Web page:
John doesn't understand this, because these seem like universal things: ice cream, beef, ham. Sarsaparilla Root isn't universal, but they could certainly import it. America has a lot of Mexican people who bring their delicious food and their delicious food techniques, but you don't see a lot of Mexican people in Europe. This may not be true anymore, they may have worked that out, but John doesn't think so. He was in Europe not that long ago and there was not that much Mexican food. In the United States they consider it one of the truly great foods.

Korean food stories (RW107)

When Dan went to Seoul, there was almost no American food or European food or anything whatsoever and the tiny bit that they did have was their own version of it. He went to a food court in a mall, and at a normal food court you go up to the place and say what you want, but in Seoul it looked like a vending machine without any actual output. You would order your food at the vending machine and pay there, and then you would walk over to the different stores of the food court and pick up the food that came from there. If you wanted a slice of pizza, you'd go to the vending machine thing, pick a slice of pizza from it, then walk halfway across the food court to where the pizza place was and your slice would be coming out. Dan ordered a pizza because he had spent almost two weeks eating nothing else but a combination of Kimchi. For breakfast it was rice with Kimchi and some kind of super-salty oyster soup with garlic in it. Lunch and dinner were Bulgogi with Kimchi and rice. That was it for two weeks! As he finally went to this mall, the pizza there was not like any pizza Dan had ever seen in his whole life. It looked like a pizza, but instead of traditional toppings it had peas and corn on it and the cheese was really strange. What looked like tomato sauce was more like ketchup. It was the most bizarre thing!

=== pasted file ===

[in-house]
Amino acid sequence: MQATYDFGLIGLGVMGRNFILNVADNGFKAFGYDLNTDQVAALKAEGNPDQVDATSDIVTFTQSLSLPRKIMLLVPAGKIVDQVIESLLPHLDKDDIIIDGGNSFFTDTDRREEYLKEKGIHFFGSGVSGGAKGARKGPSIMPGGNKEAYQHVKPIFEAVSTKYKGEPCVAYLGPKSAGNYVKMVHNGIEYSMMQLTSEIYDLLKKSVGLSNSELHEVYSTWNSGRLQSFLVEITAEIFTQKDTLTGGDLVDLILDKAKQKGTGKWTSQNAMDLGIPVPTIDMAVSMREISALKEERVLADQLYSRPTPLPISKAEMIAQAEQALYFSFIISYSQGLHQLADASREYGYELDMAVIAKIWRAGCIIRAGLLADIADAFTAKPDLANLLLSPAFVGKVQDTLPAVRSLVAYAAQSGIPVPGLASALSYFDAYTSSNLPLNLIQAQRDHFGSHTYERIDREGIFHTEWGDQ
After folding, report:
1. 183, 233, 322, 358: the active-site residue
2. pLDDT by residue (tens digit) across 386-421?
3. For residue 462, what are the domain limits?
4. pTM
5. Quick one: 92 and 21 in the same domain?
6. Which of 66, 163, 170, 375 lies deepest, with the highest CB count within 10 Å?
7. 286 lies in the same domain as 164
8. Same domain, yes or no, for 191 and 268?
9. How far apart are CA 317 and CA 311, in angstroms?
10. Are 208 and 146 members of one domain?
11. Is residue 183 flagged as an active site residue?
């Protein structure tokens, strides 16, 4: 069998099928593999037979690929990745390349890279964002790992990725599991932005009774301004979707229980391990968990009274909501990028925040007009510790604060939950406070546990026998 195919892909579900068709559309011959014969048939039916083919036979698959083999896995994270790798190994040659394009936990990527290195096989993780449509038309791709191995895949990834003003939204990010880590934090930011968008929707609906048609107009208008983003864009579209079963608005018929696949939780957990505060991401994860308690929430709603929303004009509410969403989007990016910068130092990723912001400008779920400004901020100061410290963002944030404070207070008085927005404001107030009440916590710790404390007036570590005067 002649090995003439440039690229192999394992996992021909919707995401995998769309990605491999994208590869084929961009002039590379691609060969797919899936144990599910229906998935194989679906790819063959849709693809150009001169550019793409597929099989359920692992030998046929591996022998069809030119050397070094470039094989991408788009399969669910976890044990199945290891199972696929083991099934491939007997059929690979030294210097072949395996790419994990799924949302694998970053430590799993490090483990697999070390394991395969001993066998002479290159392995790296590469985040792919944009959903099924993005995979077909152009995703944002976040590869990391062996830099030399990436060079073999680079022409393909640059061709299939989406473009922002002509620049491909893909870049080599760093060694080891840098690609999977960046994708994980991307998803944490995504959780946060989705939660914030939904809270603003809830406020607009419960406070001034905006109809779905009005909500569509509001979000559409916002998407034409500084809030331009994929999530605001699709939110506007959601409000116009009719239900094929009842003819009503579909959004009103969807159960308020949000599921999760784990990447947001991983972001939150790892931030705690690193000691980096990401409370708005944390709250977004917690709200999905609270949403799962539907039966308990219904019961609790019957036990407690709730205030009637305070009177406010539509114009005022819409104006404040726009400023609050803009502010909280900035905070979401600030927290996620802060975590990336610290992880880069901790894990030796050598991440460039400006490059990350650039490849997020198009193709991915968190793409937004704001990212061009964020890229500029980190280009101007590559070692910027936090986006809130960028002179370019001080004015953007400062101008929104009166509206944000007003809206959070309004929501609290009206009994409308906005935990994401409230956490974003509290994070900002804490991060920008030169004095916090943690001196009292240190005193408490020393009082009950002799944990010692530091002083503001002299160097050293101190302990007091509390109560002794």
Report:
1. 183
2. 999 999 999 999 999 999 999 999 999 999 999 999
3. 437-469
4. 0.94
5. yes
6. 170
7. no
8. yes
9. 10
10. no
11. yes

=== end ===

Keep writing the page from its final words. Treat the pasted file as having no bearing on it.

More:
Then they found a Bennigan's. Dan has eaten Bennigan's twice in his adult life and this was one of the two times. He went into the Bennigan's and it was almost like an American embassy. They were playing regular American bad 1990s Rock 'n' Roll music and it looked like a Bennigan's in America down to the nails. It was like Dan was back in America! People spoke English, there was an English menu, Dan ordered a hamburger and it was fine. It was just the weirdest thing!

The day before they were trying to get him to eat dog in a little shack under an overpass off the side of an Interstate by a canal. All the dogs were in pens right there while you were trying to eat. Dan couldn't do it and they were so disappointed in him! They wanted him to have more Soju, but no amount of Soju was going to make him eat dog that day. The guy picked up his cell phone, called somebody, hang up and said that it was okay now. They had something else brought out for Dan and put it in another thing that was cooking, because in Korea everything cooks on the table. They said it was not dog, but duck. How would Dan know the guy was not just trying to trick him into eating dog by calling it a duck? Then somebody pulled up on a bike, opened the window, got handed some money, he handed in a bag and rode away. In the bag was fried chicken or something which they had ordered from some other place. They brought this out for the Americans because they didn't want to eat dog. If Dan would go there today, he would totally eat dog, but this particular place was gross and the dogs there didn't look like any other dogs Dan had ever seen before. They were a separate breed of dog, a white, puffy looking dog, which was their eating dog.